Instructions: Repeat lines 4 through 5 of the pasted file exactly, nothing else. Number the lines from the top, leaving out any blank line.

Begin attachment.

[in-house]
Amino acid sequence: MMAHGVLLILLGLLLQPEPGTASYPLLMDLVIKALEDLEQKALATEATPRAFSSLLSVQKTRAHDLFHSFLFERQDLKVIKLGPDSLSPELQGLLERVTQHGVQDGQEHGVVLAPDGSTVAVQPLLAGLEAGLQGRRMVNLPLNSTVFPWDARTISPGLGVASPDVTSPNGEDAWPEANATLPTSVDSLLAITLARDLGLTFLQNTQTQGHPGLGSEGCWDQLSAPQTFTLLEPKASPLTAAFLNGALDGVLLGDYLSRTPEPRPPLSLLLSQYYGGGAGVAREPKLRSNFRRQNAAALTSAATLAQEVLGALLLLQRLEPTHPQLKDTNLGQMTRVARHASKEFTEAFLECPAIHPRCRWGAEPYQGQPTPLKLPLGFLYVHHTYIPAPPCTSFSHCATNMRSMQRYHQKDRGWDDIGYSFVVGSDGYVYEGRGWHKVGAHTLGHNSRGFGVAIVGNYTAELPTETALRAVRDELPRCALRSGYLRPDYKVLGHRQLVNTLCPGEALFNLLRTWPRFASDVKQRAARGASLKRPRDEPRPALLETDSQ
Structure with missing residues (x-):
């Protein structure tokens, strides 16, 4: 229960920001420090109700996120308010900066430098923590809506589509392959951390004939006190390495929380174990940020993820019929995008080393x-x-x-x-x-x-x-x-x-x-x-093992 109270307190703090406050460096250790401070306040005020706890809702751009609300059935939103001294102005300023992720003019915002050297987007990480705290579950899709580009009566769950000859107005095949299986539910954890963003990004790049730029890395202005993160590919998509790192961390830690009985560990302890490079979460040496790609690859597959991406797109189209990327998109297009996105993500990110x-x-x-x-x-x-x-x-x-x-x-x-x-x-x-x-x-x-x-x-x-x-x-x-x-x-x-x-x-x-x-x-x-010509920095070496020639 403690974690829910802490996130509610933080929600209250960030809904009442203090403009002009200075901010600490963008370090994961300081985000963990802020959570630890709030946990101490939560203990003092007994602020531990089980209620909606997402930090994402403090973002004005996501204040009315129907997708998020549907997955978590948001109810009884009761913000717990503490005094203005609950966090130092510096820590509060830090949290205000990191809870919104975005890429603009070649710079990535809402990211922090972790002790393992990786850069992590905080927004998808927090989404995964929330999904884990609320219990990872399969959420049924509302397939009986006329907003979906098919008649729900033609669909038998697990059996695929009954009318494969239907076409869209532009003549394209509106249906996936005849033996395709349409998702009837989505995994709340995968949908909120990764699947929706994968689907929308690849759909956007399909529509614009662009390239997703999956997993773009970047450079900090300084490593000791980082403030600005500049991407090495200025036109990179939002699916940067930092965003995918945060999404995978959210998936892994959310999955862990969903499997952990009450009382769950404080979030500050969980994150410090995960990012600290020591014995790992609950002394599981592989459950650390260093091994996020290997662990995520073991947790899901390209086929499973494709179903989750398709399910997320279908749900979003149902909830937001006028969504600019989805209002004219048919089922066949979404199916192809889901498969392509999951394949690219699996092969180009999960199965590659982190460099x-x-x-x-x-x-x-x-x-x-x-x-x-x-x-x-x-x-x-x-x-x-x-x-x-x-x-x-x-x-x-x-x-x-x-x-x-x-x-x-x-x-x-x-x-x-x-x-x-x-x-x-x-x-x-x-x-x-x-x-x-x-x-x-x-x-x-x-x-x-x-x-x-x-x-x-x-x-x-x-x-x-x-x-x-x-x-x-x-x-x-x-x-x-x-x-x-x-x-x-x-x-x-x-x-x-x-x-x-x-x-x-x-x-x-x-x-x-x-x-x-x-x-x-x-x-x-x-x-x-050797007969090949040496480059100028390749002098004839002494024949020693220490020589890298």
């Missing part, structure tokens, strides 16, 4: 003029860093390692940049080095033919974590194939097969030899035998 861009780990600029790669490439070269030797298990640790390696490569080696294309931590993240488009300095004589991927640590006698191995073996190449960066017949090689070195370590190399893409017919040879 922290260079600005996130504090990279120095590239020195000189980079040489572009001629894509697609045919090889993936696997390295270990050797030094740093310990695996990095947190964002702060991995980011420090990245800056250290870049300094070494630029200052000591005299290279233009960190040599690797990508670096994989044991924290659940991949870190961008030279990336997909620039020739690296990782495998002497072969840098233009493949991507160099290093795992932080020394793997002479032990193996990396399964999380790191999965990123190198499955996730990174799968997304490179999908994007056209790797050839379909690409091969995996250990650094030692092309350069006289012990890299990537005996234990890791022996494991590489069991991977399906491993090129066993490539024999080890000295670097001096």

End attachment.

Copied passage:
């Protein structure tokens, strides 16, 4: 229960920001420090109700996120308010900066430098923590809506589509392959951390004939006190390495929380174990940020993820019929995008080393x-x-x-x-x-x-x-x-x-x-x-093992 109270307190703090406050460096250790401070306040005020706890809702751009609300059935939103001294102005300023992720003019915002050297987007990480705290579950899709580009009566769950000859107005095949299986539910954890963003990004790049730029890395202005993160590919998509790192961390830690009985560990302890490079979460040496790609690859597959991406797109189209990327998109297009996105993500990110x-x-x-x-x-x-x-x-x-x-x-x-x-x-x-x-x-x-x-x-x-x-x-x-x-x-x-x-x-x-x-x-x-010509920095070496020639 403690974690829910802490996130509610933080929600209250960030809904009442203090403009002009200075901010600490963008370090994961300081985000963990802020959570630890709030946990101490939560203990003092007994602020531990089980209620909606997402930090994402403090973002004005996501204040009315129907997708998020549907997955978590948001109810009884009761913000717990503490005094203005609950966090130092510096820590509060830090949290205000990191809870919104975005890429603009070649710079990535809402990211922090972790002790393992990786850069992590905080927004998808927090989404995964929330999904884990609320219990990872399969959420049924509302397939009986006329907003979906098919008649729900033609669909038998697990059996695929009954009318494969239907076409869209532009003549394209509106249906996936005849033996395709349409998702009837989505995994709340995968949908909120990764699947929706994968689907929308690849759909956007399909529509614009662009390239997703999956997993773009970047450079900090300084490593000791980082403030600005500049991407090495200025036109990179939002699916940067930092965003995918945060999404995978959210998936892994959310999955862990969903499997952990009450009382769950404080979030500050969980994150410090995960990012600290020591014995790992609950002394599981592989459950650390260093091994996020290997662990995520073991947790899901390209086929499973494709179903989750398709399910997320279908749900979003149902909830937001006028969504600019989805209002004219048919089922066949979404199916192809889901498969392509999951394949690219699996092969180009999960199965590659982190460099x-x-x-x-x-x-x-x-x-x-x-x-x-x-x-x-x-x-x-x-x-x-x-x-x-x-x-x-x-x-x-x-x-x-x-x-x-x-x-x-x-x-x-x-x-x-x-x-x-x-x-x-x-x-x-x-x-x-x-x-x-x-x-x-x-x-x-x-x-x-x-x-x-x-x-x-x-x-x-x-x-x-x-x-x-x-x-x-x-x-x-x-x-x-x-x-x-x-x-x-x-x-x-x-x-x-x-x-x-x-x-x-x-x-x-x-x-x-x-x-x-x-x-x-x-x-x-x-x-x-050797007969090949040496480059100028390749002098004839002494024949020693220490020589890298």
């Missing part, structure tokens, strides 16, 4: 003029860093390692940049080095033919974590194939097969030899035998 861009780990600029790669490439070269030797298990640790390696490569080696294309931590993240488009300095004589991927640590006698191995073996190449960066017949090689070195370590190399893409017919040879 922290260079600005996130504090990279120095590239020195000189980079040489572009001629894509697609045919090889993936696997390295270990050797030094740093310990695996990095947190964002702060991995980011420090990245800056250290870049300094070494630029200052000591005299290279233009960190040599690797990508670096994989044991924290659940991949870190961008030279990336997909620039020739690296990782495998002497072969840098233009493949991507160099290093795992932080020394793997002479032990193996990396399964999380790191999965990123190198499955996730990174799968997304490179999908994007056209790797050839379909690409091969995996250990650094030692092309350069006289012990890299990537005996234990890791022996494991590489069991991977399906491993090129066993490539024999080890000295670097001096």